When you picture a ceiling fan spinning, you may associate it with the cool breeze you feel blowing over you on a warm day, as the subtle sound of the blades spinning creates soothing background noise. It may seem ludicrous to think about turning on your fan during the colder winter months.
You may know that ceiling fans have a winter setting, but why on earth would you want to add windchill to your winter day?! However, in winter mode, ceiling fans function quite differently. Let’s look at how and examine the efficiency of this setting.
Ceiling fans are only useful in winter mode when there’s an external heat source. Without these, the winter mode relies on distributing the hot air gathered at a ceiling. This is only a little warmer than the rest of the room, so it won’t make a significant difference.
Ceiling Fans Have a “Winter” Setting
If you weren’t aware, many ceiling fans have a summer and a winter setting. In summer mode, the blades rotate anti-clockwise to disperse the air and push it onto the occupants of the room. However, in the winter setting, the blades turn in the opposite direction.
This clock-wise direction allows the air to be pushed up towards the ceiling, displacing the warm air that has collected there as a result of the natural occurrence of hot air rising.
The displaced warm air is then pushed towards the edges of the room and then down towards the occupants of a room, while the colder air has been pulled upwards to the ceiling fan in a vacuum effect. The air is circulated around the room but without the force that it has in summer mode.
This winter setting is supposed to replace cooler air in the lower portions of the room with warmer air, warming up a space.
How Effective Is the Winter Setting?
Despite the intention of the winter setting to warm up a room, it is not very effective at doing so; certainly not as effective as it is in summer mode. Although the warm air that collected around the ceiling does become dispersed throughout the room, the heat also becomes diluted.
The overall temperature of the room may increase ever so slightly, but nowhere near significant enough to actually feel a difference. You may just end up paying to run your fan for no real reason.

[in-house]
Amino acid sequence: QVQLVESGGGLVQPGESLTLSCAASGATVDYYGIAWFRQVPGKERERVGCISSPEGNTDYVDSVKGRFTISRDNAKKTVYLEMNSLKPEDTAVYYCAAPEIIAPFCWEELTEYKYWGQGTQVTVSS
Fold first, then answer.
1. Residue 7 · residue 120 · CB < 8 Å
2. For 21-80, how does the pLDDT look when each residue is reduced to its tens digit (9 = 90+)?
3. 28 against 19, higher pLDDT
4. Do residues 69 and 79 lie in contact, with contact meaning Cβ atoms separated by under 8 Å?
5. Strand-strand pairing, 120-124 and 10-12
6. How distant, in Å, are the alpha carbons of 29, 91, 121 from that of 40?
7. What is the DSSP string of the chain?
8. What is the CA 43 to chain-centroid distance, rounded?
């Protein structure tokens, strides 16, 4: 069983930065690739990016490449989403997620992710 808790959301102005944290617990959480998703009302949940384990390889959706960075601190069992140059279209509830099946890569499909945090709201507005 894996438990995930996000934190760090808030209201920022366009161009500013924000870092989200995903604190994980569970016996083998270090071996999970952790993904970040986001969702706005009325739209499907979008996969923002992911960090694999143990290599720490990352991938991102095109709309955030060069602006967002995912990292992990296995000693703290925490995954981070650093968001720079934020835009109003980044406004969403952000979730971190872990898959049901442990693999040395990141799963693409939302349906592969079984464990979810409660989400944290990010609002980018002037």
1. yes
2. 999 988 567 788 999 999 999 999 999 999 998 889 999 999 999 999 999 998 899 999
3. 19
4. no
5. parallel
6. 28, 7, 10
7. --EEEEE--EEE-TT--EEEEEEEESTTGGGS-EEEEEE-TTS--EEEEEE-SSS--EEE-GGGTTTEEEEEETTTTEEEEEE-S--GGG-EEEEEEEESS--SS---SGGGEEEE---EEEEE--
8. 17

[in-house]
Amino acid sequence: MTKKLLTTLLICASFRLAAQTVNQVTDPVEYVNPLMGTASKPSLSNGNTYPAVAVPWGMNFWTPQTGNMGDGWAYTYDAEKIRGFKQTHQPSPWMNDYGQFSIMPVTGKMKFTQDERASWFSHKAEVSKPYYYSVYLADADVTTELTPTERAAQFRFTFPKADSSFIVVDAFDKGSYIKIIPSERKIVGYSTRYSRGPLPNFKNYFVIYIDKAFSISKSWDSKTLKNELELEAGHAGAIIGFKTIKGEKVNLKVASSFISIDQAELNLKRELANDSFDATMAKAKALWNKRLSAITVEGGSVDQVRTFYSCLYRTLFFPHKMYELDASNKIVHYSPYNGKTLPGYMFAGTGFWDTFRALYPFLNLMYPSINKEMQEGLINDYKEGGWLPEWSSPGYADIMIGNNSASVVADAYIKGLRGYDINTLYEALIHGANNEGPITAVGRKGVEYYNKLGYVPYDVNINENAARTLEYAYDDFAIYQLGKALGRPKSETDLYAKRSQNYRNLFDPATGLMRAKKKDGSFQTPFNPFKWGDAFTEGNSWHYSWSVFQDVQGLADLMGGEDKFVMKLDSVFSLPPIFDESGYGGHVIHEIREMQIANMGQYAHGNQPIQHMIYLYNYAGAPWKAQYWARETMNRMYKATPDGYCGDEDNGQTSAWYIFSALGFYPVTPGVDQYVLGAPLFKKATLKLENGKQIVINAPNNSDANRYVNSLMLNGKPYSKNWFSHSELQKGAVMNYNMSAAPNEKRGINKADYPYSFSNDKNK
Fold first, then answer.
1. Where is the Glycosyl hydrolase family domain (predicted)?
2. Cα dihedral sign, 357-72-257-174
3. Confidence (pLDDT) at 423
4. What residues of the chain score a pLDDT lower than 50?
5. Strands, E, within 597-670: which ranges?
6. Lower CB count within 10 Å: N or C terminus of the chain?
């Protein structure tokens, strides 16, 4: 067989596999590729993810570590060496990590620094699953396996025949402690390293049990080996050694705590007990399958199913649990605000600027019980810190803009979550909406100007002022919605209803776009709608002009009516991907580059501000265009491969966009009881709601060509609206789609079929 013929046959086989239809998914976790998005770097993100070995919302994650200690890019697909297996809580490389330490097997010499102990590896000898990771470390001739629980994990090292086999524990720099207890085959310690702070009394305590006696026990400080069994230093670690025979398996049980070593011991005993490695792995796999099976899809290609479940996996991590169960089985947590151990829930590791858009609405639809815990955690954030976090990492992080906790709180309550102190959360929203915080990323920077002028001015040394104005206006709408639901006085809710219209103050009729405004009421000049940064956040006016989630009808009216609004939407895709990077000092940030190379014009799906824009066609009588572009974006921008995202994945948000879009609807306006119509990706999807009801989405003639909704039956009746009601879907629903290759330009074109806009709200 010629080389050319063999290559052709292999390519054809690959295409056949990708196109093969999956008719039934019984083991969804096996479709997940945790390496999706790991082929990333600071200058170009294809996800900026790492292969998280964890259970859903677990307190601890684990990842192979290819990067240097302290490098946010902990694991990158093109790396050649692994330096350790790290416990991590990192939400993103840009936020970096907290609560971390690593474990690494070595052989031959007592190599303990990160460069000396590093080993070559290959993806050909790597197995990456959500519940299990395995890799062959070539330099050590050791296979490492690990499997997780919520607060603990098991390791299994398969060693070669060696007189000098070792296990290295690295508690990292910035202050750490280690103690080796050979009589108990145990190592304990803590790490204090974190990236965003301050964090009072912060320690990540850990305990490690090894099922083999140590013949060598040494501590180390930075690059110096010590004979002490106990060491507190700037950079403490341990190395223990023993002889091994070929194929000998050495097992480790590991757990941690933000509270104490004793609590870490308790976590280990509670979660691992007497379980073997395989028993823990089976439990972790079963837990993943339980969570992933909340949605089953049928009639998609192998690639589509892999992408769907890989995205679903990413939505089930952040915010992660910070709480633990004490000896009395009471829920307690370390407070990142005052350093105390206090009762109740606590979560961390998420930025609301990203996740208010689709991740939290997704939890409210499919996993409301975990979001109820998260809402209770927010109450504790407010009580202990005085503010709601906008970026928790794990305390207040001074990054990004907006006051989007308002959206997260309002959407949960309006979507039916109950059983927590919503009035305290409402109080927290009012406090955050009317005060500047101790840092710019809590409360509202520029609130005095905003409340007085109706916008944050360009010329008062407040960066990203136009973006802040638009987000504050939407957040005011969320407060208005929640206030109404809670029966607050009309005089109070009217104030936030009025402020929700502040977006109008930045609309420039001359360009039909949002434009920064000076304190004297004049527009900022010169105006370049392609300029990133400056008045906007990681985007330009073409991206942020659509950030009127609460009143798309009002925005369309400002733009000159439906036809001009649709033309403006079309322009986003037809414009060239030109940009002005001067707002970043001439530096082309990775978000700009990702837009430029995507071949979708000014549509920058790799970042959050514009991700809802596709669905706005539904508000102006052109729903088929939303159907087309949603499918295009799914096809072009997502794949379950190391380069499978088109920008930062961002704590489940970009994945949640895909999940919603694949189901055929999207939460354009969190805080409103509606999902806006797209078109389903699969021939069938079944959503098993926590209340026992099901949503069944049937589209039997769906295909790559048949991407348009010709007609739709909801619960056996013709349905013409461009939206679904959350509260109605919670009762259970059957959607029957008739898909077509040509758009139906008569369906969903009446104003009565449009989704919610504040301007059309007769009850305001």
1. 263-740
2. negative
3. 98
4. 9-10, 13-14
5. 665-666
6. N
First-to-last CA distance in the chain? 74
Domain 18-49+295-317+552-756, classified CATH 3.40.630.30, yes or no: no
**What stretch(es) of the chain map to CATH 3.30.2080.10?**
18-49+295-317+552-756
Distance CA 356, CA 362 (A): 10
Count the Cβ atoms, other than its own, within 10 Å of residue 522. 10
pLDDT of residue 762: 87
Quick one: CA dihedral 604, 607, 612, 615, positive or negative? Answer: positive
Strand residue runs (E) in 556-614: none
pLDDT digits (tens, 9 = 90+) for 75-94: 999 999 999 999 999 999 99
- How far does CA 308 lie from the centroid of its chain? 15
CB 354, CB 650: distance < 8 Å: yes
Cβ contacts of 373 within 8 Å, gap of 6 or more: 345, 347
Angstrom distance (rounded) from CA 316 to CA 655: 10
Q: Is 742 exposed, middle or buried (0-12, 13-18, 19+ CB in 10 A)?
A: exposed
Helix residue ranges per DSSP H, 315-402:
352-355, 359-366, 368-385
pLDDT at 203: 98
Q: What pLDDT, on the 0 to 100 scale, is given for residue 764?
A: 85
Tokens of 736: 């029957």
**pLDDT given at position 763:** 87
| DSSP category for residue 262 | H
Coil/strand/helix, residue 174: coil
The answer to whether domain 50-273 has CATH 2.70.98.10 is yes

However, if you use the ceiling fan in this mode in conjunction with a heat source, you will find it more effective. The heat is supplied actively as opposed to relying on the passive accumulation of heat at the ceiling and the fan creates airflow that distributes it around the room.
Combining these two mechanisms can make it cheaper to heat a room because the amount of active heat required is reduced by running the ceiling fan, which is a fairly inexpensive appliance. Even running it continuously is a valid option.
Heat Sources That Ceiling Fans Are Useful With
Americans who are lucky enough to have underfloor heating in their homes know just how good it can be at making the room toasty.
Being very energy efficient, due to its propensity to radiant heating from a low and widespread area, underfloor heating can heat an entire room quite easily, without costing you a fortune.
Unlike other heating systems, such as space heaters or fireplaces, which are placed at one specific point in a room, underfloor heating will provide more even heating throughout the room as it is installed underneath the entirety of the floor.
Add a ceiling fan to the mix will enhance the natural effectiveness of this heating system even further. In winter mode, the fan will be able to circulate the warm air throughout the space, pulling it from the ground to the ceiling even faster, and increasing the overall temperature of the room quite quickly.
Space heaters and radiators are quite common sources of heat in an average home. Although space heaters have the advantage of being portable and somewhat affordable to purchase, they are really not that effective at warming up a space.
This is due to the unevenness of the heat distribution,w which also characterizes radiators, which are always located on one side of the room. You will really only feel warm when you are quite close to the heater or radiator.
Often, the hot air will rise before it even reaches most parts of the room, so the warming capabilities of these heat sources are inefficient.
Putting your ceiling fan in winter mode would definitely help you out. The air circulation provided will assist in distributing this heat more evenly. The room won’t be as warm as the space directly surrounding the heater, but there will be a significant improvement compared to if the ceiling fan was off.
Placing your ceiling fan on winter mode can be more effective if running in conjunction with your HVAC.
If the system has not been optimally designed, and the supply registers are located higher up than they should be, the ceiling fan can help to push the hot air that is being released here down into the room where it can reach the occupants.
However, if the supply registers are lower down, your ceiling fan won’t really be as useful. The hot air will be released at a lower point, and then naturally move upwards throughout the room, distributing its heat.
The air at the top of the room won’t be any warmer than the air in the lower parts of the room, as the bottom of the room will be constantly supplied with warm air.
Nevertheless, the fan can still help with distributing the heat around the room a bit faster and may enable you to lower your thermostat temperature enough that you can still feel warm enough, but save a penny or two.